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I am the book-a-week type reader. I can easily read an 800+ page book in a week, and truly get my teeth into the characters and events at the same time.
War and Peace however, was different. You cannot rush this book, the genius of Tolsoy's story telling deserves relish. One must consume and savour every individual word to truly appreciate the incredible feat of this novel which spans several years and focuses on several protagonists. I therefore advise setting aside a month or two for this book, taking the novel a volume at a time (of which it has four). Only then can you get to know the characters and their stories.
The realism employed by the author of this epic tale ensures that history and literary lovers alike will appreciate it's genius. Tolstoy, as the title suggests, takes the reader on a journey through the Napoleonic invasion of Russia, from the persepctive of the Russian gentry whilst at times questioning accepted historical theory; and intertwines this (a feat in itself) with extraordinary romance, love, loss and death.
At the same time as exploring, in great depth, the military actions and manouveres of Napoleon and Kutuzov, Tolstoy embroils the life stories of three main protagonists Prince Andrei, who falls in love and is betrayed. Pierre Buzukov and his personal struggle with morality and humanity, and Natasha Rostov who's journey from girlhood to womanhood, we witness in sometime voyeuristic honesty. And still this is not all, the reader encounters many other characters and their struggles within this novel, some of them in great detail.
Tolstoy also questions the hypocrisy of contemporary Russian culture, the divides between rich and poor, and the moral implications of sending men out to fight a seemingly impossible war, whilst their counterparts attend frivolous social gatherings. Despite this, the author maintains a truly admirable sense of patriotism througout the novel, that will make one feel truly moved and nostaligic for a better, more simplistic era.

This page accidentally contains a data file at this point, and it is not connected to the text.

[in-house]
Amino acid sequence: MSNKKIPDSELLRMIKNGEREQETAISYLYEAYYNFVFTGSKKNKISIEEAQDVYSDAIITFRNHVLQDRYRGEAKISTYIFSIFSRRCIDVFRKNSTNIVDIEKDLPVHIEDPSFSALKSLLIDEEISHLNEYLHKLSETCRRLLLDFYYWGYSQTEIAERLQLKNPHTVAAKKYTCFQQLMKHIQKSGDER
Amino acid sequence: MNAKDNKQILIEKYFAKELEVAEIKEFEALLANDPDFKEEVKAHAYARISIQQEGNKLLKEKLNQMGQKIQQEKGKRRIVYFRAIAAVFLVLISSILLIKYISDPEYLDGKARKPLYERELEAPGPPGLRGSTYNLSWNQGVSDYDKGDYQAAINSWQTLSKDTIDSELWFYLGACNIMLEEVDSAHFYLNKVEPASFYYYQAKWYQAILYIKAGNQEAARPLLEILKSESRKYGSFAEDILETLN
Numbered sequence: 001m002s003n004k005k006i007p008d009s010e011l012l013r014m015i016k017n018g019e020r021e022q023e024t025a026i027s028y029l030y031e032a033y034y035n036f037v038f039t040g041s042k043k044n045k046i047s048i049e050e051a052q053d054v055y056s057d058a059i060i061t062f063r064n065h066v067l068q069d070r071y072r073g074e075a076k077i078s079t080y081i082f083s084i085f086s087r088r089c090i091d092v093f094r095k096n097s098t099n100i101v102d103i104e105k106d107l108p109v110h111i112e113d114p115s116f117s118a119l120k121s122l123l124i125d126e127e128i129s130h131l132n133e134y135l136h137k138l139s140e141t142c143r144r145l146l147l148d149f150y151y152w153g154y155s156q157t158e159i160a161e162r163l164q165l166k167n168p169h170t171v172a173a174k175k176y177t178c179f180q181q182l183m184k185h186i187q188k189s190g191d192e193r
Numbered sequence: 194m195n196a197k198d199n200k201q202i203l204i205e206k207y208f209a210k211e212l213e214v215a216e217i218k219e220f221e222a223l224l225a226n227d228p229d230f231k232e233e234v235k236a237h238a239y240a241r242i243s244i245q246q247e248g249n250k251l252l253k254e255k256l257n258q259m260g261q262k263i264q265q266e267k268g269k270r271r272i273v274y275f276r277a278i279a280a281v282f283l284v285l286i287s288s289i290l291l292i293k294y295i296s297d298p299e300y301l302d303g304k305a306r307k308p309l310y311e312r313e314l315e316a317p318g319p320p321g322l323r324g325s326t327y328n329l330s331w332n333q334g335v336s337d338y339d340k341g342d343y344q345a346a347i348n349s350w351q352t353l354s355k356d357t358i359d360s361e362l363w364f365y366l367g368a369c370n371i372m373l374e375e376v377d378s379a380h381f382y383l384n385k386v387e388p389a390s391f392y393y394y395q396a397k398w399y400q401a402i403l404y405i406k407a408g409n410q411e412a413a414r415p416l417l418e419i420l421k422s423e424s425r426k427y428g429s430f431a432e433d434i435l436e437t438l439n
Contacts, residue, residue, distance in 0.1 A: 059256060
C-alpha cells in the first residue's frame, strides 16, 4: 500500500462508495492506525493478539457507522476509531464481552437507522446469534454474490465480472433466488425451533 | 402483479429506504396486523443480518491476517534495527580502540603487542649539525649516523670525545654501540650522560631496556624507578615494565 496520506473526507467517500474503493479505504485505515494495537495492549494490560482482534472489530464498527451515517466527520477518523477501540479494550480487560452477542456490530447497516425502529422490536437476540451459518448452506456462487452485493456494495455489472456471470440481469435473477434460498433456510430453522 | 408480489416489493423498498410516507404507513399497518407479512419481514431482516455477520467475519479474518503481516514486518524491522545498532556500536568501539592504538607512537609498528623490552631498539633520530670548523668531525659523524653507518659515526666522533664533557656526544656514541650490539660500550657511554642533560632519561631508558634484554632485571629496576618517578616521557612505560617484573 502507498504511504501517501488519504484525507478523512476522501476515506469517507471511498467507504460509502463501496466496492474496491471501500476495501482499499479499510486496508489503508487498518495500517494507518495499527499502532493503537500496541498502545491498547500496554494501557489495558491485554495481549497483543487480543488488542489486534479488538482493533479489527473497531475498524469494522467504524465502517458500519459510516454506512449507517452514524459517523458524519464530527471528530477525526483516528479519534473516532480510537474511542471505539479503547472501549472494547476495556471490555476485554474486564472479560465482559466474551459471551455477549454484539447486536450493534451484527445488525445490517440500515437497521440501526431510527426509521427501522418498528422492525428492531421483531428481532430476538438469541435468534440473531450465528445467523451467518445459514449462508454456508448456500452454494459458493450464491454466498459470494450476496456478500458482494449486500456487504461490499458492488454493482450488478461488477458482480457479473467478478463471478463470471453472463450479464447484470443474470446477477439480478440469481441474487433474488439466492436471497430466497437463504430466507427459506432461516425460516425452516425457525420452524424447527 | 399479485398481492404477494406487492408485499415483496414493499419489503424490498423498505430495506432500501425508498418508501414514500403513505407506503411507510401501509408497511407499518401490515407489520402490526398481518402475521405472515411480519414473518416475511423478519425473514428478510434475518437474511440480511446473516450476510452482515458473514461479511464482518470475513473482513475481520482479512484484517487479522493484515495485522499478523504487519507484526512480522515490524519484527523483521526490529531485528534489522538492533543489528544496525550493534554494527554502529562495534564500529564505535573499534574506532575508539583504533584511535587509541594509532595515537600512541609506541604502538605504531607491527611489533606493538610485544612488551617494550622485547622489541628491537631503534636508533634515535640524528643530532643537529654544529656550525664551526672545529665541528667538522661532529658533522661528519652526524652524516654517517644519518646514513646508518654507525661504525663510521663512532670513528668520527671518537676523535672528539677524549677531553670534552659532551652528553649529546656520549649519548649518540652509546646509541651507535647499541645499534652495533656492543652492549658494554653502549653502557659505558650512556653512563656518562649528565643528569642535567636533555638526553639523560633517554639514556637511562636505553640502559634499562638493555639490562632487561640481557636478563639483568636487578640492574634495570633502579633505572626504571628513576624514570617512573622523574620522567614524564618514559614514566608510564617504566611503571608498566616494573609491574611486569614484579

It would take hours to summarise the plot of War and Peace, so suffice to say that this book is a feat of literary genius, which one must experience to believe. This novel truly sets the standard!
This book is nothing short of incredible. Within its pages the whole range of human emotions, sensibilities and fallibilities are examined, and Tolstoy's insights into the human character demonstrates a writer of great insight, curiosity and empathy. When I picked up this book for the first time, and saw its many pages with its tiny font, I predicted that this would be one of those classics that everyone says to read but ultimately becomes a test of willpower to get to the end. I am happy to say however that the pages instead turn easily, and this is not only due to the quality of Tolstoy's writing, but also because Tolstoy makes us care about the plight of the characters, because we realise as a reader that we share the same strengths, and the same weaknesses, as the protagonists. This is a book that everyone should read and please, please don't be put off by its sheer size - once you've read the first page, you'll never look back!